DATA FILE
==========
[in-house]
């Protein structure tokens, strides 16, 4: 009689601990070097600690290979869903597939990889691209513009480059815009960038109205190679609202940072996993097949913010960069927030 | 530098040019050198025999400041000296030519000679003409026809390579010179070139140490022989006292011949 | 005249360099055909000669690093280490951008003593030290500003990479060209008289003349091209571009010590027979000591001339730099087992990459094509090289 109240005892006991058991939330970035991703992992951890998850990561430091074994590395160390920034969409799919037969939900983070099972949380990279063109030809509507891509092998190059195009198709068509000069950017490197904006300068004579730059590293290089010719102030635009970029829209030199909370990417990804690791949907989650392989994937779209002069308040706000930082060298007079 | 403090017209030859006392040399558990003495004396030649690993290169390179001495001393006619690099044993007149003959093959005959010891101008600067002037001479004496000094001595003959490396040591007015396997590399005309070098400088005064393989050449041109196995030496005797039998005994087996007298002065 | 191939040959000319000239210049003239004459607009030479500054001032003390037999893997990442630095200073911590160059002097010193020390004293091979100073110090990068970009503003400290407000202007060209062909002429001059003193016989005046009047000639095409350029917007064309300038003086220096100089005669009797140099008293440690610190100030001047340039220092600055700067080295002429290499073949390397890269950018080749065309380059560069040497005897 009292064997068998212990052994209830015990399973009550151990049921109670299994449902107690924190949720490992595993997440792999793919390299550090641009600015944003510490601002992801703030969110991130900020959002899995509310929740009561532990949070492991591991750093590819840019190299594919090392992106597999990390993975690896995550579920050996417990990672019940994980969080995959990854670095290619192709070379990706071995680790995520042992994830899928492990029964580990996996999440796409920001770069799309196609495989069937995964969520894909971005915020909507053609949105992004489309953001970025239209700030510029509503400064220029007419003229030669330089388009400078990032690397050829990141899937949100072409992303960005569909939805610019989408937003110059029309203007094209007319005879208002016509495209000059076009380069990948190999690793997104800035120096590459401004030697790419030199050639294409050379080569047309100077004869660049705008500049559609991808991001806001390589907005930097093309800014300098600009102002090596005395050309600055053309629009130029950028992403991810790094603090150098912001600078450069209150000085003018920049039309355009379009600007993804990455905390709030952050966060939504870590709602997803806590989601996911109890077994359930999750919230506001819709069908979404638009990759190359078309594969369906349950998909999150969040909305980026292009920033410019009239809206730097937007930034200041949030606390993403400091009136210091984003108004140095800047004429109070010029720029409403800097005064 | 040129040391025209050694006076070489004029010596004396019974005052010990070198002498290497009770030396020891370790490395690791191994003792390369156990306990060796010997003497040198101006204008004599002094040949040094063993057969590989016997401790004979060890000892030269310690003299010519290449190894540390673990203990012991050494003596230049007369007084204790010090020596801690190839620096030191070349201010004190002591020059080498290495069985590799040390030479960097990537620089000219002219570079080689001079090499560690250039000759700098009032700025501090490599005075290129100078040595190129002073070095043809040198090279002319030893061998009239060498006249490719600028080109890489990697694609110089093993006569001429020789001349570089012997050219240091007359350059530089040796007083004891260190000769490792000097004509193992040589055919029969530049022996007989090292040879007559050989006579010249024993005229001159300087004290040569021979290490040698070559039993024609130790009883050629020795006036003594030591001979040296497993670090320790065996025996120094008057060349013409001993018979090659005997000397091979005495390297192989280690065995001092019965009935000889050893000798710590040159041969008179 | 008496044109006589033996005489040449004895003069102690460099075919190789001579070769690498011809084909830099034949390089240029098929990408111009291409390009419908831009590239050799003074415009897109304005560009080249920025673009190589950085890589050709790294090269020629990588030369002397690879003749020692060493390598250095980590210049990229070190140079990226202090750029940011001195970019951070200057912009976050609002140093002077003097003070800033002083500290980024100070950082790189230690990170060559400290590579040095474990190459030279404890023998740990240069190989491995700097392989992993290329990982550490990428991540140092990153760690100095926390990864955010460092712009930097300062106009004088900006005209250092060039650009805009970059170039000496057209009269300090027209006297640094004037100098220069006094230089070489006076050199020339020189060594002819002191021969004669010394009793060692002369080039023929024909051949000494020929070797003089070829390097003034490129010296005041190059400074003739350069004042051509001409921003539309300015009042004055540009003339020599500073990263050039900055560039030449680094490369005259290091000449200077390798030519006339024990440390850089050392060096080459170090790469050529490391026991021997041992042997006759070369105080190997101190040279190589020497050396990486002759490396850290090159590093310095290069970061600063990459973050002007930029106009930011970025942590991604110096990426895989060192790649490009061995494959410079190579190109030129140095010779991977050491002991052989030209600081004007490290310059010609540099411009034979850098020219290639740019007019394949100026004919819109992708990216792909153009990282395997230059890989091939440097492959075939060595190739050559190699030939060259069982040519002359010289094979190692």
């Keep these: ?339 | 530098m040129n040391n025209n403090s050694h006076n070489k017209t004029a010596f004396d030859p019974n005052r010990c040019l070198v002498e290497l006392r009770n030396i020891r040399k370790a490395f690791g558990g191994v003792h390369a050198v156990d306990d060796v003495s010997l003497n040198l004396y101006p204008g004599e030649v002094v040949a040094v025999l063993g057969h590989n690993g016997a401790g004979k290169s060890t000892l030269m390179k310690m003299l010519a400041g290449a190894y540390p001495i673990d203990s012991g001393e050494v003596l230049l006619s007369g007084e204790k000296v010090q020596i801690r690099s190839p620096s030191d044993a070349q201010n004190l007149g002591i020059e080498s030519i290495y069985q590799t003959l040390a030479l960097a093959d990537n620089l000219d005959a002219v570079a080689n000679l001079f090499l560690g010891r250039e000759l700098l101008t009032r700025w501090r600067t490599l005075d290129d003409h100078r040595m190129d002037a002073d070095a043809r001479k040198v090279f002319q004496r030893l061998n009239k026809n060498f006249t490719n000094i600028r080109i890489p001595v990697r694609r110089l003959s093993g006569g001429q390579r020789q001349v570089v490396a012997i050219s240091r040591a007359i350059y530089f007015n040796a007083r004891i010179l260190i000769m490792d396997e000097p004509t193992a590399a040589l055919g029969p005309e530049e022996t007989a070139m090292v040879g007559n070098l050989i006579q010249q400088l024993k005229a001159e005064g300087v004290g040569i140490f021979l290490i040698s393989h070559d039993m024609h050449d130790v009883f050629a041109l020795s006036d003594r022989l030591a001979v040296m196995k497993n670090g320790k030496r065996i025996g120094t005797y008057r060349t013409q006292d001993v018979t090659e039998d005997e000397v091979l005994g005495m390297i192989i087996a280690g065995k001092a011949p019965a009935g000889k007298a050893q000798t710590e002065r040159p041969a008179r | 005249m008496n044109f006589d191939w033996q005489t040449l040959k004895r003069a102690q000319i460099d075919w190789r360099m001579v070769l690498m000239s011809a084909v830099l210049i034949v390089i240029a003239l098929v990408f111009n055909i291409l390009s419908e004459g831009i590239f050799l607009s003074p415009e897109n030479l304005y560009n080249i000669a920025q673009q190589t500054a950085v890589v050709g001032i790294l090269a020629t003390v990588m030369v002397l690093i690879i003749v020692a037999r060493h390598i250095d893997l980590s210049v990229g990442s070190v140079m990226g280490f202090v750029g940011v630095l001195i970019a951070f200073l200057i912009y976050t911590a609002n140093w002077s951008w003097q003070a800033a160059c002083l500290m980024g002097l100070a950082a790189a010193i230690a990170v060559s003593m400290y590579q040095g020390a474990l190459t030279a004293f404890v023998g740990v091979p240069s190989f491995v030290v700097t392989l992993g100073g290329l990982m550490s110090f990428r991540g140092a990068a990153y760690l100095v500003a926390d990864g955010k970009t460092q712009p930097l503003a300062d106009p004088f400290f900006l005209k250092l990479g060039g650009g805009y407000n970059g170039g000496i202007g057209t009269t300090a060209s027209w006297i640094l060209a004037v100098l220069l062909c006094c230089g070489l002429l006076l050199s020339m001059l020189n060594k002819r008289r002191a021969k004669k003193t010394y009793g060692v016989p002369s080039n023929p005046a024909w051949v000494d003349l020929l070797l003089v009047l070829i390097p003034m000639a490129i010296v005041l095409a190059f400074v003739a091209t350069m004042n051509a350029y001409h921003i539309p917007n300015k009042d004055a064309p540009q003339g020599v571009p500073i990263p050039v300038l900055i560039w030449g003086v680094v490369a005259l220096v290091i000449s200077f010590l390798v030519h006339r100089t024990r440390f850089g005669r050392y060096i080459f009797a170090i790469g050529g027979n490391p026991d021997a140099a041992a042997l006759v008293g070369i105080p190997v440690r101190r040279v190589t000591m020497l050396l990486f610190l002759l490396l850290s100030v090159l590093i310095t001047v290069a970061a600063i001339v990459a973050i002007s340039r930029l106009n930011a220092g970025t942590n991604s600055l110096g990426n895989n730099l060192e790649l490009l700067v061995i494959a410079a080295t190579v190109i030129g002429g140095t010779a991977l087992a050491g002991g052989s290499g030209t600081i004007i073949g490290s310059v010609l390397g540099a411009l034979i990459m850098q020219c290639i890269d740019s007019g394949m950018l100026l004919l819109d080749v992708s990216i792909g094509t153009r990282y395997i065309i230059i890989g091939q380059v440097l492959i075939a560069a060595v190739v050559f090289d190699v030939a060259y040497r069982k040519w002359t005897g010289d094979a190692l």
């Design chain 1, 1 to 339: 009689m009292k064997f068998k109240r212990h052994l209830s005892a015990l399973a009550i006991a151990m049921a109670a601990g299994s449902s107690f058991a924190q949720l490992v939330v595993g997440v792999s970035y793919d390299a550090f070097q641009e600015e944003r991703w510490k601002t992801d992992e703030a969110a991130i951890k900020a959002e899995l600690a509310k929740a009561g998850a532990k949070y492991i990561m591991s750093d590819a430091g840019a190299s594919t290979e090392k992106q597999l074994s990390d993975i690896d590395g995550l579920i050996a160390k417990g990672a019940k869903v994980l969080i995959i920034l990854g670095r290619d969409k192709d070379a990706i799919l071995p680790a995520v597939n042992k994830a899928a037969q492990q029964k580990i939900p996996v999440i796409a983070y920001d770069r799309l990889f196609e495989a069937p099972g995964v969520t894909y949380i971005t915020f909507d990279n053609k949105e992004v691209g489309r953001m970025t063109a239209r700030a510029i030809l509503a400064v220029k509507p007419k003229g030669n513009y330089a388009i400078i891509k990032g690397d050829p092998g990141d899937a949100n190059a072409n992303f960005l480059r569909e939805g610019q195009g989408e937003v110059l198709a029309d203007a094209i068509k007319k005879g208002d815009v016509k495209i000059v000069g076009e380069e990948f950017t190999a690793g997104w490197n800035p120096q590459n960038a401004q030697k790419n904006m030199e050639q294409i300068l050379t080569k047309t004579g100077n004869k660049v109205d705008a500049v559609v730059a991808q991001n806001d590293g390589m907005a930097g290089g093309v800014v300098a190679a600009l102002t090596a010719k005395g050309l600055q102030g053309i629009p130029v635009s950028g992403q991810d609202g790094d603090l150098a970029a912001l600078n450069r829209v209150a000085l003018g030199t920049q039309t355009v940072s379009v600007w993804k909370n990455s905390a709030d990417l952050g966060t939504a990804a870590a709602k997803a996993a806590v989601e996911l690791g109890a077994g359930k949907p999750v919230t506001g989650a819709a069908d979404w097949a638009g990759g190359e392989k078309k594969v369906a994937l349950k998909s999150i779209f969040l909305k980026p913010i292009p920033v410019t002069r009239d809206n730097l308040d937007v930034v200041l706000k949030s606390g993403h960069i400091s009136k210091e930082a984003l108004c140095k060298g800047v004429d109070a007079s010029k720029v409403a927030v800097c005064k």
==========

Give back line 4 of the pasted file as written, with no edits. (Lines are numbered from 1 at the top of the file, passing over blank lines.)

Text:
């Design chain 1, 1 to 339: 009689m009292k064997f068998k109240r212990h052994l209830s005892a015990l399973a009550i006991a151990m049921a109670a601990g299994s449902s107690f058991a924190q949720l490992v939330v595993g997440v792999s970035y793919d390299a550090f070097q641009e600015e944003r991703w510490k601002t992801d992992e703030a969110a991130i951890k900020a959002e899995l600690a509310k929740a009561g998850a532990k949070y492991i990561m591991s750093d590819a430091g840019a190299s594919t290979e090392k992106q597999l074994s990390d993975i690896d590395g995550l579920i050996a160390k417990g990672a019940k869903v994980l969080i995959i920034l990854g670095r290619d969409k192709d070379a990706i799919l071995p680790a995520v597939n042992k994830a899928a037969q492990q029964k580990i939900p996996v999440i796409a983070y920001d770069r799309l990889f196609e495989a069937p099972g995964v969520t894909y949380i971005t915020f909507d990279n053609k949105e992004v691209g489309r953001m970025t063109a239209r700030a510029i030809l509503a400064v220029k509507p007419k003229g030669n513009y330089a388009i400078i891509k990032g690397d050829p092998g990141d899937a949100n190059a072409n992303f960005l480059r569909e939805g610019q195009g989408e937003v110059l198709a029309d203007a094209i068509k007319k005879g208002d815009v016509k495209i000059v000069g076009e380069e990948f950017t190999a690793g997104w490197n800035p120096q590459n960038a401004q030697k790419n904006m030199e050639q294409i300068l050379t080569k047309t004579g100077n004869k660049v109205d705008a500049v559609v730059a991808q991001n806001d590293g390589m907005a930097g290089g093309v800014v300098a190679a600009l102002t090596a010719k005395g050309l600055q102030g053309i629009p130029v635009s950028g992403q991810d609202g790094d603090l150098a970029a912001l600078n450069r829209v209150a000085l003018g030199t920049q039309t355009v940072s379009v600007w993804k909370n990455s905390a709030d990417l952050g966060t939504a990804a870590a709602k997803a996993a806590v989601e996911l690791g109890a077994g359930k949907p999750v919230t506001g989650a819709a069908d979404w097949a638009g990759g190359e392989k078309k594969v369906a994937l349950k998909s999150i779209f969040l909305k980026p913010i292009p920033v410019t002069r009239d809206n730097l308040d937007v930034v200041l706000k949030s606390g993403h960069i400091s009136k210091e930082a984003l108004c140095k060298g800047v004429d109070a007079s010029k720029v409403a927030v800097c005064k």